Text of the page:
By Lida Citroen
Professionals from every industry enjoy the value and power of LinkedIn to grow their professional network, promote their personal brand, connect with likeminded individuals, share information, celebrate success and much more.
With over 467 million users, LinkedIn provides a robust opportunity for job seekers to elevate their visibility, showcase their skills and experience, and connect with influencers who can help them secure their next job.
As a military veteran, you were likely taught that being on LinkedIn is important, but you may not have clear insight into its power when you search for a civilian job. As a job seeker, be sure to avoid these common LinkedIn mistakes:
Listing the wrong city. As part of your official LinkedIn profile, you are given the chance to list your city in your header. If your last duty station is Colorado Springs, Colorado, but you intend to relocate home to Little Rock, Arkansas after you leave the Army, you should list Little Rock as your city. This helps recruiters scouring for candidates in the area identify who can work there. If you list Colorado Springs, you will attract recruiters seeking candidates for jobs in Colorado.
Forgetting your “headline.” LinkedIn gives you a headline of one to three lines underneath your name. You get 120 characters to hook the viewer on your profile. Instead of listing, “seeking next opportunity,” consider something that uses the keywords for the types of job you’re seeking, is interesting and provides value to the viewer. For instance, instead of “Army veteran looking for IT job,” consider, “Passionate about using technology to solve complex business problems and integrate solutions for innovative companies.”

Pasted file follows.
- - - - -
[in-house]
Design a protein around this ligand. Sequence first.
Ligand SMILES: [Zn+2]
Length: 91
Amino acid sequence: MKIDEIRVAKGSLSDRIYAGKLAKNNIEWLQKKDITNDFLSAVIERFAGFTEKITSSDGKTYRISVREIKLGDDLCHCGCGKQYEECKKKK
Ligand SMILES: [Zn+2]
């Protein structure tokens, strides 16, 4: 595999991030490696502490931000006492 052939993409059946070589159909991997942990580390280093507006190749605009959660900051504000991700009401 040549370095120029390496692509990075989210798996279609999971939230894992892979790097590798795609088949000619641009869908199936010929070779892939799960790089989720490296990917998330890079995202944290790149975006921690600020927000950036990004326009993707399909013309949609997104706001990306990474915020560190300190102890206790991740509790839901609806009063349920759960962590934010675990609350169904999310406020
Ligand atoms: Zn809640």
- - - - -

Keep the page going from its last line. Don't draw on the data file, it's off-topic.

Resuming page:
Wearing your uniform. Your profile photo is typically the first thing a viewer sees when they come to your LinkedIn profile. If you’ve already separated from the military and your profile photo continues to show you in uniform, you could send the message to recruiters that you’re not ready for a civilian job. Show yourself dressed in the clothes of the job you aspire to secure.
Showcasing your spouse. I’ve seen many LinkedIn profile photos where individuals use their wedding photo, baby picture, or photo of them with a pet instead of a professional headshot. LinkedIn is a professional online platform, and your photo should feature only you.
Not posting. The point of LinkedIn is to learn about each other and find ways to share value. If you only “like” other people’s posts, and don’t share your own perspective, ideas, thoughts, information or successes, others can’t get to know you. In particular, recruiters and hiring managers won’t learn who you are, what you value, what you’re knowledgeable in, and where you might be a fit for their company.
Job seekers on LinkedIn should remember that employers scour the platform looking for candidates who might not even be in the job market yet. They want to see what you write about, how you articulate your experience and value, and what benefit you could provide to their company.